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Uncertainty in the study of belief: the risks and benefits of methodological agnosticism

Bell, Emma and Taylor, Scott (2014). Uncertainty in the study of belief: the risks and benefits of methodological agnosticism. International Journal of Social Research Methodology, 17(5) pp. 543–557.

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DOI (Digital Object Identifier) Link: https://doi.org/10.1080/13645579.2013.798973
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Abstract

The study of religious and spiritual beliefs raises complex epistemological and methodological questions for interpretive social scientists concerning our ability to understand the everyday lifeworlds that belief-based communities inhabit. The primary focus of recent debates has been on the long-standing methodological insider/outsider dynamic, defined in terms of religious belief or affiliation, which intersects with other social categories such as gender or ethnicity. We contribute to this debate by considering a relatively neglected position, methodological agnosticism, which informs our study of religion and spirituality in the workplace. We argue that an agnostic position can be methodologically productive as a research strategy, but this must be counterbalanced by awareness of the fieldworker risks, which include emotional distress and identity threats. Agnosticism also encourages greater epistemological reflexivity as it implies ‘not knowing’ in relation to both metaphysics and social scientific knowledge construction. Through this, we highlight the productive nature of uncertainty in the study of belief as an epistemologically and methodologically constructive standpoint.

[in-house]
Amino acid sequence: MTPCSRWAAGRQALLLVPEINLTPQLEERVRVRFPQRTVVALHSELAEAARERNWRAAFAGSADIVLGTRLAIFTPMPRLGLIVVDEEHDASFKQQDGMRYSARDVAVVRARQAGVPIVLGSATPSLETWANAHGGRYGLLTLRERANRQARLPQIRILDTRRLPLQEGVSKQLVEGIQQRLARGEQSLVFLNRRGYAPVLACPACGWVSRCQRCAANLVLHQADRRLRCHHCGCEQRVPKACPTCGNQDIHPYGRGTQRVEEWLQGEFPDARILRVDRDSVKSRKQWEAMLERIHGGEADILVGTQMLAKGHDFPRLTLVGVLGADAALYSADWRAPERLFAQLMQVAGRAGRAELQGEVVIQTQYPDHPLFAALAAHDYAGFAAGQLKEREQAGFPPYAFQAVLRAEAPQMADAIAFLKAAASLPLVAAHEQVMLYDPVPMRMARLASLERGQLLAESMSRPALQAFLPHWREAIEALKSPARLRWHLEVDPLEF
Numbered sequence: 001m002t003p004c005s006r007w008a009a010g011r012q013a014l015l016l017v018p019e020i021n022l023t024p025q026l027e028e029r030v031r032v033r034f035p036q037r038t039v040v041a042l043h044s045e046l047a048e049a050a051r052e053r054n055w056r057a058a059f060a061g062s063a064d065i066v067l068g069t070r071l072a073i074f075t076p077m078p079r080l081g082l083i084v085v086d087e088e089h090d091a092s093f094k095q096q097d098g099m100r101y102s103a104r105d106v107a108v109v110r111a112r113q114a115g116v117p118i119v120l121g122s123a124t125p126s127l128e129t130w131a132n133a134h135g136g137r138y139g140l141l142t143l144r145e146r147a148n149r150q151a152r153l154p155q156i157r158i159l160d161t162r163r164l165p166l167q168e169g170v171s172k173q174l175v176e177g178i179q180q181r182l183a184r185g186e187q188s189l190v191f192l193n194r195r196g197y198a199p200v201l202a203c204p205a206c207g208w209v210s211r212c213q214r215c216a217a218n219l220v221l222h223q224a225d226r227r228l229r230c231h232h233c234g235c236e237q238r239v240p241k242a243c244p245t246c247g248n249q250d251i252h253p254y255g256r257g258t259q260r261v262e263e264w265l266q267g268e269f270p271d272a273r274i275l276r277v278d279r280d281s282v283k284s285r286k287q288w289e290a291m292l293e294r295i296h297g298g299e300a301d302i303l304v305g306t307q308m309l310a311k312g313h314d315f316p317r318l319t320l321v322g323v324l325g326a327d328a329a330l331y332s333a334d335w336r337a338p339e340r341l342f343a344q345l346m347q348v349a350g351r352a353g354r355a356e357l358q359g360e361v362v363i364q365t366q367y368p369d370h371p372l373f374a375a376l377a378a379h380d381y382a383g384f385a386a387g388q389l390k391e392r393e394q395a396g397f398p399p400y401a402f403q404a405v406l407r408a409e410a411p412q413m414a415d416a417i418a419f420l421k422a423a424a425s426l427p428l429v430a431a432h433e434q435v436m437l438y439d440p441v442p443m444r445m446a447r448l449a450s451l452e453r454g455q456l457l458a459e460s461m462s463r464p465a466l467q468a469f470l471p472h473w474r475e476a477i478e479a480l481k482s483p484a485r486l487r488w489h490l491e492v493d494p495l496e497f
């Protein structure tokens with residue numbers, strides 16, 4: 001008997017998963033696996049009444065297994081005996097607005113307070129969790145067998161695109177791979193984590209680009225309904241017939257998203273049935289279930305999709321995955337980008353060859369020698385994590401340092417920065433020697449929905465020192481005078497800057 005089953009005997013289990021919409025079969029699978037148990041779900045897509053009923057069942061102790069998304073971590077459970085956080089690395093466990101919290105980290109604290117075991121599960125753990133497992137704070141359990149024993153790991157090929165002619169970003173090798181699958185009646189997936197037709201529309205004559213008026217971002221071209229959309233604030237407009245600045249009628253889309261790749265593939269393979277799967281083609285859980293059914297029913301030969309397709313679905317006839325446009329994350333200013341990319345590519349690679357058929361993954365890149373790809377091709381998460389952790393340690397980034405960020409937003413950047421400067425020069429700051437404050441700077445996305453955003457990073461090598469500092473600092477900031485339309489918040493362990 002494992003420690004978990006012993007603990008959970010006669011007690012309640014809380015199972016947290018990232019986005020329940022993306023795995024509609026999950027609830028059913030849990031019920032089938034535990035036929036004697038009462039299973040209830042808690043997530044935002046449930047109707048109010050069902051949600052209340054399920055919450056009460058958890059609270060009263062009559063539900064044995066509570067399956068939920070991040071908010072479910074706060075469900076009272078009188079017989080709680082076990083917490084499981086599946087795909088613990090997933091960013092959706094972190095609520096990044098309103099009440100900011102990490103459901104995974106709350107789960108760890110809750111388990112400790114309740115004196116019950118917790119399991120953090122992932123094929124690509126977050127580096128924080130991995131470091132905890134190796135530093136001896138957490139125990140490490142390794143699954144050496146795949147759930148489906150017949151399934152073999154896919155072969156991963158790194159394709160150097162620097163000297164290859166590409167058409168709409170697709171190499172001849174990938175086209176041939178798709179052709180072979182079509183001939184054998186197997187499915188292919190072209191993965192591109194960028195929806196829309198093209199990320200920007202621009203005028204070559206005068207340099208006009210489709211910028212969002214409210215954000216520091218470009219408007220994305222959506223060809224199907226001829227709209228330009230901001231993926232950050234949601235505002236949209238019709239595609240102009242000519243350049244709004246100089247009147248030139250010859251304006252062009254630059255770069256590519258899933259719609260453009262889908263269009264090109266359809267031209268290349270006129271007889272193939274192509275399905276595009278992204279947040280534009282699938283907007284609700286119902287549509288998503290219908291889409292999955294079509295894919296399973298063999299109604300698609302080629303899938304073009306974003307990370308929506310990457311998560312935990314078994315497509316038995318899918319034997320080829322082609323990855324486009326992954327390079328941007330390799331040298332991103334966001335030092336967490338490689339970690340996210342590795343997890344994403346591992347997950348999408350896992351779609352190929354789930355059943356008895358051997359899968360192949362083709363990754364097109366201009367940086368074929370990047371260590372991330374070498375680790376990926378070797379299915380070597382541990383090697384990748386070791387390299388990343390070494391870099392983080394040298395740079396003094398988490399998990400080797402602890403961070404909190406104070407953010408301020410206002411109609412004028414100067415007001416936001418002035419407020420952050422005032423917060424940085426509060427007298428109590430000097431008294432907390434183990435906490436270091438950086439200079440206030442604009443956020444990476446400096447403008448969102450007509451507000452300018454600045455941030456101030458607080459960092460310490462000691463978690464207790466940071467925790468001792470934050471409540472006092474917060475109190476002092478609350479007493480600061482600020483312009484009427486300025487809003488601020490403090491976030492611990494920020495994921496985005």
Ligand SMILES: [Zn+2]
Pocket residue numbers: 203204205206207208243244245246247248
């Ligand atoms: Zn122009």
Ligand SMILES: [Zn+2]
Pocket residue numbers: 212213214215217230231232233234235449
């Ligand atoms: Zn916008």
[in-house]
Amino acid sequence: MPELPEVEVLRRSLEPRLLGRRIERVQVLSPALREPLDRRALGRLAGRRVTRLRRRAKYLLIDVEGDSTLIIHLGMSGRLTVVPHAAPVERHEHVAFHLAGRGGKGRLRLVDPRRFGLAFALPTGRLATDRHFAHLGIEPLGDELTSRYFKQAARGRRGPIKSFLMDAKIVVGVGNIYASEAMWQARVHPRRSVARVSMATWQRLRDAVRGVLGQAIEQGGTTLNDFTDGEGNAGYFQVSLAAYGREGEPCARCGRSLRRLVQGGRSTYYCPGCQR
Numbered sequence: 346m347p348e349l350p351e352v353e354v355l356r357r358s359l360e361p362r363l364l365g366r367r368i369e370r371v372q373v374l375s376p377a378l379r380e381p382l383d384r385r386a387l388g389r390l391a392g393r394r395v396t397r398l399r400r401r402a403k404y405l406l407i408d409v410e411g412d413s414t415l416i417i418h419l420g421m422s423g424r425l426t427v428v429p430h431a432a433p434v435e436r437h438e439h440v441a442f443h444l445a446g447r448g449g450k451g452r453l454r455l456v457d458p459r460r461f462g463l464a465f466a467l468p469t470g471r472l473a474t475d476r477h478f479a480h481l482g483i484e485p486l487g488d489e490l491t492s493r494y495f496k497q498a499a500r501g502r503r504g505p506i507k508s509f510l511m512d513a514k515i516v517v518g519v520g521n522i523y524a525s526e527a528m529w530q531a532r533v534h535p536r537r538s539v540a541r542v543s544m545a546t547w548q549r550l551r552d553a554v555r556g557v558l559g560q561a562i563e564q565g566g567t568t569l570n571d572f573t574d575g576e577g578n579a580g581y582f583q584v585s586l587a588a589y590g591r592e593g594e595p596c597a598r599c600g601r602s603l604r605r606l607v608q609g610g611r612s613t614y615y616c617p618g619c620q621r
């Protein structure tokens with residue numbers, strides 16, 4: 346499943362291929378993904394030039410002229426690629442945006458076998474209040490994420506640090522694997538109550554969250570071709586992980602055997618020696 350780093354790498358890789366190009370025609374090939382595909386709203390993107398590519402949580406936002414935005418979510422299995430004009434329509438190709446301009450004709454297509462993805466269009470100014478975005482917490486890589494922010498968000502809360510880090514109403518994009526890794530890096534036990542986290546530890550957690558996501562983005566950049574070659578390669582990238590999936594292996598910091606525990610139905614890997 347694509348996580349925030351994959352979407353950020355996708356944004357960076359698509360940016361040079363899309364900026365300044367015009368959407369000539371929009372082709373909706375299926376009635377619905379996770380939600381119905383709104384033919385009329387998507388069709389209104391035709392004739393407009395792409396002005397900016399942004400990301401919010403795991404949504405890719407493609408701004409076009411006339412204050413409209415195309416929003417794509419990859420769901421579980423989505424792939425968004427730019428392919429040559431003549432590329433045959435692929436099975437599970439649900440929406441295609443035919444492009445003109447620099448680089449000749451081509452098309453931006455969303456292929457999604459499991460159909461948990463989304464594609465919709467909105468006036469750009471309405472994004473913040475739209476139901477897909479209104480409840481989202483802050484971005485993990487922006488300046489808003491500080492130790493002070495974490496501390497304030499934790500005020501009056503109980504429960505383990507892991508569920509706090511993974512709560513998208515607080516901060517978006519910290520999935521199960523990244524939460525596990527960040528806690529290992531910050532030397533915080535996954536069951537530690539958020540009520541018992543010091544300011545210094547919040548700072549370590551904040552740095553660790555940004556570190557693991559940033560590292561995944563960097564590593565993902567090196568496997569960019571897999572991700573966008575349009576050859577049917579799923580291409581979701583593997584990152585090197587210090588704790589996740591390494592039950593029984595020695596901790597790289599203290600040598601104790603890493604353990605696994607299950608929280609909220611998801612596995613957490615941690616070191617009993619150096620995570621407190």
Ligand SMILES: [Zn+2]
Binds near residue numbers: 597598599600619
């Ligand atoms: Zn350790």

Item Type: Journal Item
Copyright Holders: 2013 Taylor & Francis
ISSN: 1464-5300
Keywords: methodological agnosticism; belief; religion; workplace spirituality; reflexivity
Academic Unit/School: Faculty of Business and Law (FBL) > Business > Department for People and Organisations
Faculty of Business and Law (FBL) > Business
Faculty of Business and Law (FBL)
Item ID: 48605
Depositing User: Emma Bell
Date Deposited: 08 Mar 2017 13:49
Last Modified: 20 Jun 2019 04:23
URI: http://oro.open.ac.uk/id/eprint/48605
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